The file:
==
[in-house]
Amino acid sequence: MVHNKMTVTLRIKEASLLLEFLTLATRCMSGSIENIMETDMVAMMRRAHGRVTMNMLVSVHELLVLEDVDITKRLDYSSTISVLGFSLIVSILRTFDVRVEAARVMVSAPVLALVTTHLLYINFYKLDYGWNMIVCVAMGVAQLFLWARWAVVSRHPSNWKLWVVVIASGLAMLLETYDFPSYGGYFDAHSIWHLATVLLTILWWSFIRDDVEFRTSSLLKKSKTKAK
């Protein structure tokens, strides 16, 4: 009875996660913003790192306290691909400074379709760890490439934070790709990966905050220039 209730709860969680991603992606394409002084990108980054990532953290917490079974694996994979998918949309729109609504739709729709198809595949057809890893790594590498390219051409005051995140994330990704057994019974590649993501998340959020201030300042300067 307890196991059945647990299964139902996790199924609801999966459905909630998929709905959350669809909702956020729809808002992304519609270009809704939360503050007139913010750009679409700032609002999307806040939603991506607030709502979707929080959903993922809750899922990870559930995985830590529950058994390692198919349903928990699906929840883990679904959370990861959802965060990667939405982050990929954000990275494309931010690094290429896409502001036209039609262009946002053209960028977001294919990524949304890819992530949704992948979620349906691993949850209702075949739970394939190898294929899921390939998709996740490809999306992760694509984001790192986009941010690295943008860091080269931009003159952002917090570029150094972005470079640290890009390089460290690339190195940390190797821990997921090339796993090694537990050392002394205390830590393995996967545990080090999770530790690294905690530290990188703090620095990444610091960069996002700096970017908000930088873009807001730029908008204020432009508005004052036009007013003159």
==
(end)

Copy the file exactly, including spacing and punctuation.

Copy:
[in-house]
Amino acid sequence: MVHNKMTVTLRIKEASLLLEFLTLATRCMSGSIENIMETDMVAMMRRAHGRVTMNMLVSVHELLVLEDVDITKRLDYSSTISVLGFSLIVSILRTFDVRVEAARVMVSAPVLALVTTHLLYINFYKLDYGWNMIVCVAMGVAQLFLWARWAVVSRHPSNWKLWVVVIASGLAMLLETYDFPSYGGYFDAHSIWHLATVLLTILWWSFIRDDVEFRTSSLLKKSKTKAK
């Protein structure tokens, strides 16, 4: 009875996660913003790192306290691909400074379709760890490439934070790709990966905050220039 209730709860969680991603992606394409002084990108980054990532953290917490079974694996994979998918949309729109609504739709729709198809595949057809890893790594590498390219051409005051995140994330990704057994019974590649993501998340959020201030300042300067 307890196991059945647990299964139902996790199924609801999966459905909630998929709905959350669809909702956020729809808002992304519609270009809704939360503050007139913010750009679409700032609002999307806040939603991506607030709502979707929080959903993922809750899922990870559930995985830590529950058994390692198919349903928990699906929840883990679904959370990861959802965060990667939405982050990929954000990275494309931010690094290429896409502001036209039609262009946002053209960028977001294919990524949304890819992530949704992948979620349906691993949850209702075949739970394939190898294929899921390939998709996740490809999306992760694509984001790192986009941010690295943008860091080269931009003159952002917090570029150094972005470079640290890009390089460290690339190195940390190797821990997921090339796993090694537990050392002394205390830590393995996967545990080090999770530790690294905690530290990188703090620095990444610091960069996002700096970017908000930088873009807001730029908008204020432009508005004052036009007013003159």